US 4885886 A
The disclosure is directed to a nonsettling insulation structure comprising a central support member having a layer of insulative material adhered to each side of the central support member.
1. For use in a wall with a substantially vertical component, a nonsettling insulation structure comprising:
a support member comprising a sheet of semi-rigid permeable material having two sides and being easily cuttable;
a first layer of otherwise unsupported fibrous insulative material attached to one side of said sheet of semi-rigid permeable material;
a second layer of otherwise unsupported fibrous insulative material attached to the other side of said sheet of semi-rigid permeable material;
wherein said support member is capable of supporting and preventing settling of said first layer and said second layer of insulative material in the wall with the substantially vertical component;
wherein said support member comprises a generally rectangular sheet having a predetermined width and two longitudinal sides, said sides having thereon flange means for positioning and fastening said nonsettling insulation structure between parallel studs in the substantially vertical wall, and said flange means being positioned apart to approximate the width between such parallel studs; and
wherein said flange means comprise L-shaped cross sections, whereby said nonsettling insulation structure is affixable between the parallel studs at a preselected depth therebetween.
2. The invention of claim 1 wherein said support member comprises a sheet of nonmetallic material.
3. The invention of claim 1 wherein said support member comprises a perforated sheet.
4. The invention of claim 1 wherein said fibrous insulative material comprises fiberglass.
5. The invention of claim 1 wherein said layers of insulative material are attached to said sheet of semi-rigid permeable material by adhesive means.
6. The invention of claim 1 wherein said adhesive means are disposed on both sides of said sheet of semi-rigid permeable material.
7. The invention of claim 1 wherein said flange means are affixable to the parallel studs by positioning fasteners through L-shaped base portions of said L-shaped cross sections.
8. The invention of claim 1 wherein said support member is cuttable with snips.
The invention relates to nonsettling insulation structures and more particularly to fiber insulation structures constructed to eliminate settling of the fibers over time.
There has been a long-standing need for retaining fiber insulation in place in residential and commercial buildings, mobile homes, and the like. Blown-in insulation, in particular, settles, leaving an air space and, for example, no insulation at the top portion of walls. Other insulation batts are not self-supporting and tend to settle over time from their own weight, from vibration caused by winds, the activities of building occupants, as well as from water when the batts get wet from leaks and condensation, and the like. FIG. 1 is directed to a typical prior art insulation installation which has settled because of one or all of the aforementioned reasons. As seen therein, insulation 12 between studs 10 has settled to leave space 14 of wall 16 above the top of insulation 12. Since insulation settling removes insulation from the higher portions of a building wall and heat rises, a great deal of heat loss occurs from such settling. It has been shown that as much as one third of heat loss from an average residence where insulation settling has occurred is due to such settling.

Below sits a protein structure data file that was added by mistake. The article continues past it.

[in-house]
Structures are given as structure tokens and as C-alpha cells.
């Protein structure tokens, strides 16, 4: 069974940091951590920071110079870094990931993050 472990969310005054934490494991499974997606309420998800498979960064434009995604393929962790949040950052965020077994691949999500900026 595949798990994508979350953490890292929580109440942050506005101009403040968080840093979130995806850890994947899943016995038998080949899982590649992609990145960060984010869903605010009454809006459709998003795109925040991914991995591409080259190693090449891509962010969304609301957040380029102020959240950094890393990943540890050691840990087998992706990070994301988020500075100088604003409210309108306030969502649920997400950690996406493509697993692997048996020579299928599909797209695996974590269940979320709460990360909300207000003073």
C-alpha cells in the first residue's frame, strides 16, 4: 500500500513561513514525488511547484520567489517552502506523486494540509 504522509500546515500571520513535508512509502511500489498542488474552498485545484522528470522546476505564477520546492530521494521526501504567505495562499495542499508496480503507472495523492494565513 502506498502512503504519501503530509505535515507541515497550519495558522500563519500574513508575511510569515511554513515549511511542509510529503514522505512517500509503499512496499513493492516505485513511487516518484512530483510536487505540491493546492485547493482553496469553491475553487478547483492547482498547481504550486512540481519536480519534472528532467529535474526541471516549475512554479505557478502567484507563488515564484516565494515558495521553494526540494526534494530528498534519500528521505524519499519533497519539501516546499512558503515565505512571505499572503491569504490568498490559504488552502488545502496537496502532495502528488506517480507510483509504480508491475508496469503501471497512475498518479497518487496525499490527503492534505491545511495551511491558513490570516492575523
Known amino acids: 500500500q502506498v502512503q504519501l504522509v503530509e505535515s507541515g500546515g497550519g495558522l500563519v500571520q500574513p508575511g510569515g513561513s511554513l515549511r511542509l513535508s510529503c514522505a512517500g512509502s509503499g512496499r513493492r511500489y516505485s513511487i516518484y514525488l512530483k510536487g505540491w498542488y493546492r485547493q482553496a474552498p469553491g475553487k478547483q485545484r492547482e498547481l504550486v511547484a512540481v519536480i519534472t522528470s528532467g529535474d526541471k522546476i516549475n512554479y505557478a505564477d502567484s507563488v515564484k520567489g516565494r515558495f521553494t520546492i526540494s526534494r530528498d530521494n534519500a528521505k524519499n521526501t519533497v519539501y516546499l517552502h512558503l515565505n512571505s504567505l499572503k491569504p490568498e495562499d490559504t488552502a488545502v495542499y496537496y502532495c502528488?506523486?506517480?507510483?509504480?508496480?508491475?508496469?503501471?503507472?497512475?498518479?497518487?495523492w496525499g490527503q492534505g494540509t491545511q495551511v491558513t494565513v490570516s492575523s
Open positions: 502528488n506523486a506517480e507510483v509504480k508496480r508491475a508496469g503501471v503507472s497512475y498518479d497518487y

Over the years, many solutions have been attempted to prevent settling of the insulation. One such solution is disclosed in French Pat. No. 2,554,847 to Blandin, et al. As shown therein, fibers coated with an adhesive are blown into two parallel spaces A and R, separated by an impermeable partition 16. Air permeable inner and outer sheets 17 and 18 enclose the spaces and are affixed to the surfaces of spaced vertical supports. Internal partition 16 is affixed to additional internal support members 10 and 11. This structure appears to be effective, although the bulk of the blown-in insulation no doubt collects toward the bottom of the structure. A large amount of adhesive must be used since all fibers are coated with it. Extra support elements 10 and 11 are required. Construction of this structure, considering materials and labor, is expensive.
U.S. Pat. Nos. 2,780,090, entitled INSULATING STRUCTURE, to Rasmussen, and 4,236,361, entitled PREFABRICATED BUILDING COMPONENTS, to Boden, disclose the use of wire screens to reinforce insulating materials such as foams. U.S. Pat. No. 1,924,515, entitled BUILDING WALL CONSTRUCTION, to Reinke, discloses a insulating material having flanges designed to be tacked to wall studs. U.S. Pat. No. 1,148,447, entitled INSULATING FELT, to Ehret, discloses an insulating felt reinforced with a textile material.
It is apparent that retaining insulation in place on a vertical wall is a long-standing problem and that a simple and inexpensive solution is needed.
In accordance with the present invention, there is provided a nonsettling insulation structure comprising a support member comprising a sheet of semi-rigid material having two sides, a first layer of insulative material attached to one side of the sheet of semi-rigid material, and a second layer of insulative material attached to the other side of the sheet of semi-rigid material. The layers of insulative material are preferably attachable to the sheet of semi-rigid material by a adhesive disposed on the sheet.
The support member preferably comprises a sheet of nonmetallic material which is perforated or permeable. This sheet is preferably easily cuttable, such as with snips. One or both layers of insulative material preferably comprise a fiber insulation material, and most preferably comprise fiberglass.